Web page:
Two weeks for all the
rushing to make the
20 November 2015 final EIS notice date,
for a final decision 18 February 2016.
The Draft EIS released Friday 4 September 2015
is very long, but the most basic question is very short:
why is FERC rushing to rubberstamp the unnecessary,
destructive, and hazardous Sabal Trail pipeline and its fracked methane siblings Hillabee Transco and FSC
when there’s neither need nor public benefit?
The Sunshine State should go
straight to solar power.
If you don’t want any of these pipelines,
you can send in your comments both
to FERC and to state and local agencies and
and show up at
these FERC meetings to protest.
You can also still file
a motion to intervene with FERC.
And don’t forget to
call Georgia Gov. Deal.
Filed with FERC 4 September 2015 as
Accession Number: 20150904-3011,
“Notice of Availability of the Draft Environmental Impact Statement for the Proposed Southeast Market Pipelines Project re Florida Southeast Connection, LLC et al under CP14-554 et al.” Continue reading FERC meetings for Draft Environmental Impact Statement 28 Sep 2015 – 8 Oct 2015 →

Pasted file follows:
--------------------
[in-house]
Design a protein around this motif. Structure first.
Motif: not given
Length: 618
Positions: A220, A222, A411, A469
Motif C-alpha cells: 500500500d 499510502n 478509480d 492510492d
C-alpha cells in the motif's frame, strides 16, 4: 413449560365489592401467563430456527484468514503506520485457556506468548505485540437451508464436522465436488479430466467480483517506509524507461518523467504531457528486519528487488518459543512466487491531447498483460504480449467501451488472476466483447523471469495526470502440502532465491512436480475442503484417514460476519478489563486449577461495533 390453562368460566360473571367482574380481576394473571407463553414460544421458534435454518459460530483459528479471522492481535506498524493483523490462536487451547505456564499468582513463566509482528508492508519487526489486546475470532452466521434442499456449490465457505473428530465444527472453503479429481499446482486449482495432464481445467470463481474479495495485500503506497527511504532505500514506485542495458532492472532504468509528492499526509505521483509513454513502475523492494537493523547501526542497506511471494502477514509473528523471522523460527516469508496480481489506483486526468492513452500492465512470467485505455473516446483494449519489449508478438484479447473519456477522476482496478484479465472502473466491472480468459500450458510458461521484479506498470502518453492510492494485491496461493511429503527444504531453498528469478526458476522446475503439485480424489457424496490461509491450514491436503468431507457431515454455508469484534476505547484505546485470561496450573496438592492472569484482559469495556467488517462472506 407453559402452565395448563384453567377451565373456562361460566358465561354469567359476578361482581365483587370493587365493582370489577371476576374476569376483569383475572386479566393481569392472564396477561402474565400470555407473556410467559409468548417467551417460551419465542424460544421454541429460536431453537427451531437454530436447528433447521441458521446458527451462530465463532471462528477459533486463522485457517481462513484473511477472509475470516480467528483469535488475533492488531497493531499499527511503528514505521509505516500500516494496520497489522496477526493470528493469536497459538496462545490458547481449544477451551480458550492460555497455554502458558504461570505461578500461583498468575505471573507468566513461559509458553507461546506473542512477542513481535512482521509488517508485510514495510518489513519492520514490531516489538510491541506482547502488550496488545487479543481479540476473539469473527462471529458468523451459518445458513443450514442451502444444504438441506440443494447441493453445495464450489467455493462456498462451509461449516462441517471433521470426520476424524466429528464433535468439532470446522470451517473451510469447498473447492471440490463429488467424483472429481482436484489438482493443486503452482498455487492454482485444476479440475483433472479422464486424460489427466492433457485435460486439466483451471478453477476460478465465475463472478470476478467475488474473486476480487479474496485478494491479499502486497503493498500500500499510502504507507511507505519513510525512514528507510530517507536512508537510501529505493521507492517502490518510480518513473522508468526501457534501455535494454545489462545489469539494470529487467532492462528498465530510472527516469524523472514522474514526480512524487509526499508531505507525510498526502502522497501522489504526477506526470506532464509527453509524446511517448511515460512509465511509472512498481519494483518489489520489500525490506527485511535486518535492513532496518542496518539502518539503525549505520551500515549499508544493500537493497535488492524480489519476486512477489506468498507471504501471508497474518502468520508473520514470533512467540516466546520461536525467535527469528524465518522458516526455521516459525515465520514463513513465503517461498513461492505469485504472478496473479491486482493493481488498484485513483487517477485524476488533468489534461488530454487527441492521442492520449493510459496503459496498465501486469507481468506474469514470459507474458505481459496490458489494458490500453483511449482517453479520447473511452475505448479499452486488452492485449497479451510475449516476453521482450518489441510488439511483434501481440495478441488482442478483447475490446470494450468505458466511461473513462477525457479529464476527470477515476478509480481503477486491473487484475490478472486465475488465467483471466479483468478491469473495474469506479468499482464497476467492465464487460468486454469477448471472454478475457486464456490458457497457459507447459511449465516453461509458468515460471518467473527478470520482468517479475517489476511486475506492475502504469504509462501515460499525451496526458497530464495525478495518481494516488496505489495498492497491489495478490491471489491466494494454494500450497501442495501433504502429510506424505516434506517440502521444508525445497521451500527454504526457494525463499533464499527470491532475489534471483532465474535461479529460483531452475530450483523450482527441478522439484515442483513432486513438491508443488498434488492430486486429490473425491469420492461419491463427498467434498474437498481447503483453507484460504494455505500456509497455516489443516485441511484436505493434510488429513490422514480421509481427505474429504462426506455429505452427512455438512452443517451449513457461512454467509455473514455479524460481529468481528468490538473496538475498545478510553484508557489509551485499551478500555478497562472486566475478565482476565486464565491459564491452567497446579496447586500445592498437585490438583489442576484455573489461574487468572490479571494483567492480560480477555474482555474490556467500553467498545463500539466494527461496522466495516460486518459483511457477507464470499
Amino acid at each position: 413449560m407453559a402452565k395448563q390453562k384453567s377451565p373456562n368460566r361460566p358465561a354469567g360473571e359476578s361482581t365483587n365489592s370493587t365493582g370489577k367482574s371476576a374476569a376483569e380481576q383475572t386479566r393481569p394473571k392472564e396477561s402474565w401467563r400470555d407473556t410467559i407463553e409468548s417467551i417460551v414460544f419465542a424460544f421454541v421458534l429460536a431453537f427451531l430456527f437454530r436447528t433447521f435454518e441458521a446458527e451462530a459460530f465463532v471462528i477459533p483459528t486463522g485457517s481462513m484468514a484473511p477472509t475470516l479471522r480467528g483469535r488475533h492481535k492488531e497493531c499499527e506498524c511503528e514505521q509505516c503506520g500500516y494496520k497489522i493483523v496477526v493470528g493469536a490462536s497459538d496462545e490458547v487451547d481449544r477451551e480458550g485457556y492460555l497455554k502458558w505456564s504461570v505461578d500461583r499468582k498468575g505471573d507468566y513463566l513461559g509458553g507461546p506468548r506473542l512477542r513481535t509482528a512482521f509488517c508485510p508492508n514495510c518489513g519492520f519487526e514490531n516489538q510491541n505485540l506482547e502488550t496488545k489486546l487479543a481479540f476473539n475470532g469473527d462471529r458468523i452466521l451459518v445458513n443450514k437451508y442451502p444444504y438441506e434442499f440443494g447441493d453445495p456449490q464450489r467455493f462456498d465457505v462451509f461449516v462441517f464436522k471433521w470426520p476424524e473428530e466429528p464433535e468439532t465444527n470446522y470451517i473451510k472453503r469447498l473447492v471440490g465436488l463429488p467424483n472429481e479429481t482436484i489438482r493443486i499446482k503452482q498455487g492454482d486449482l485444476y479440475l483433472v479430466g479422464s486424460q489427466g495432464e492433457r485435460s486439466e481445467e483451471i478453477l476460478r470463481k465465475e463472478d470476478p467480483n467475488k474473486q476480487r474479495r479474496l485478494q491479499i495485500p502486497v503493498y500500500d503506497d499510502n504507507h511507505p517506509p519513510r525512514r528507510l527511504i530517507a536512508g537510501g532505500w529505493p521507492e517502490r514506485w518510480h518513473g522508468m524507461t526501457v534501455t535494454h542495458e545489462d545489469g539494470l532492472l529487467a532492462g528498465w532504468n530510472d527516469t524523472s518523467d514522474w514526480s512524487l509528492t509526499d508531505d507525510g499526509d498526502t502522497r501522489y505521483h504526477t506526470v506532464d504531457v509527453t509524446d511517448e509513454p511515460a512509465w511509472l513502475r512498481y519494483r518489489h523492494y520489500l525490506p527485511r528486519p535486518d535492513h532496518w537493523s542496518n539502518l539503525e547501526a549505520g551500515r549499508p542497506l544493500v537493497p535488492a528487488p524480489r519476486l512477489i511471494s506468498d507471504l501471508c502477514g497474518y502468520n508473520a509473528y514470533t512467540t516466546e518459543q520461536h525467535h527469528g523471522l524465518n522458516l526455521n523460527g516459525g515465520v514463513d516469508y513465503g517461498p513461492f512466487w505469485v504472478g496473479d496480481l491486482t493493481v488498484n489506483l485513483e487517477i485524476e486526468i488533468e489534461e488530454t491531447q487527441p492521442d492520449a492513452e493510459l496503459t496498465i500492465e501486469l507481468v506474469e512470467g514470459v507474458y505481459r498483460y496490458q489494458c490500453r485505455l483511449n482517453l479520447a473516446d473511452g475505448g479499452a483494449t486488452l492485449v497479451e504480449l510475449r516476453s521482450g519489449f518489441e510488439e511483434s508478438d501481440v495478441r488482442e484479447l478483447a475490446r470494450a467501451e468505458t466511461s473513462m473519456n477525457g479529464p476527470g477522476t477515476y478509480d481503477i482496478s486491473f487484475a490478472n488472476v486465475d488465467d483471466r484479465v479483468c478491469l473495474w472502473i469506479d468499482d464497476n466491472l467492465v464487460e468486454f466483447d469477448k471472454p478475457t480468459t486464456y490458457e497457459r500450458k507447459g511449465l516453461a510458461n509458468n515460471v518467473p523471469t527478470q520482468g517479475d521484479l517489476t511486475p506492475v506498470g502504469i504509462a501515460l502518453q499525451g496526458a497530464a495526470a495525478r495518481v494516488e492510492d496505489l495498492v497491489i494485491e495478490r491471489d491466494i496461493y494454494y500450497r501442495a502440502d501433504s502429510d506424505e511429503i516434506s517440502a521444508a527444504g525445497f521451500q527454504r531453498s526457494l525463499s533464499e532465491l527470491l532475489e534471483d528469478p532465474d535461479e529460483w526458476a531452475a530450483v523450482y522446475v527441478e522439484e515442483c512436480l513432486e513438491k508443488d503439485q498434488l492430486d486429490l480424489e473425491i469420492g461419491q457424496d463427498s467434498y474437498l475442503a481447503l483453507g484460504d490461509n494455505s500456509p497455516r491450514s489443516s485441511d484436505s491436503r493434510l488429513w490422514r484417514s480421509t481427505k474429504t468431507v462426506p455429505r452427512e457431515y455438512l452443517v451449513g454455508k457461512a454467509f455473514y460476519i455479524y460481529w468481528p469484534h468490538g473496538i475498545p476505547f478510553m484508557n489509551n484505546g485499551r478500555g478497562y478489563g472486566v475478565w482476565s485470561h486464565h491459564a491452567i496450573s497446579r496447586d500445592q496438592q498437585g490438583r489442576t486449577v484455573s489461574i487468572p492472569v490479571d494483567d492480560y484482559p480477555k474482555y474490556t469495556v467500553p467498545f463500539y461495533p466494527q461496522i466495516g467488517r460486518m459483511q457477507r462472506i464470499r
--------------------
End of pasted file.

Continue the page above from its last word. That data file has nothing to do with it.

FPL wants federal eminent domain to gouge a hundred-foot right of way
for a yard-wide fracked methane pipeline
through Alabama, Georgia, and Florida,
claiming Florida needs new power.
That don’t pass the smell test.
Nationwide electricity demand continues to decline,
as the U.S. Environmental Protection Agency (EPA) reminded
the pipeline-permitting Federal Energy Regulatory Commission (FERC) in April.
EPA asked FPL why it couldn’t implement
conservation, efficiency, compressed gas storage, or other energy sources.
FPL projected 13% electricity demand increase in its
2014 ten-year plan to the Florida Public Service Commission (FL PSC).
A third pipeline would be a 50% increase. Why?
Sabal Trail, the pipeline joint venture of FPL and Spectra Energy of Houston,
claims Duke Energy needs Continue reading It don’t pass the smell test: FPL’s extra natural gas pipeline –SpectraBusters →
What is FERC required to do to justifiy a pipeline certificate
and eminent domain?
John Peconom of FERC told me that
federal eminent domain was justified by Florida needing the gas,
therefore it was for the good of the United States.
Peconom didn’t provide a reference, but FERC’s own documents say FERC is supposed to balance public benefits,
which means somebody has to demonstrate those public benefits.
Also, one-time payments to landowners may not be enough.
In FERC’s own
Natural Gas Environmental Guidelines,
GUIDANCE MANUAL FOR ENVIRONMENTAL REPORT PREPARATION, Continue reading What is FERC required to do? →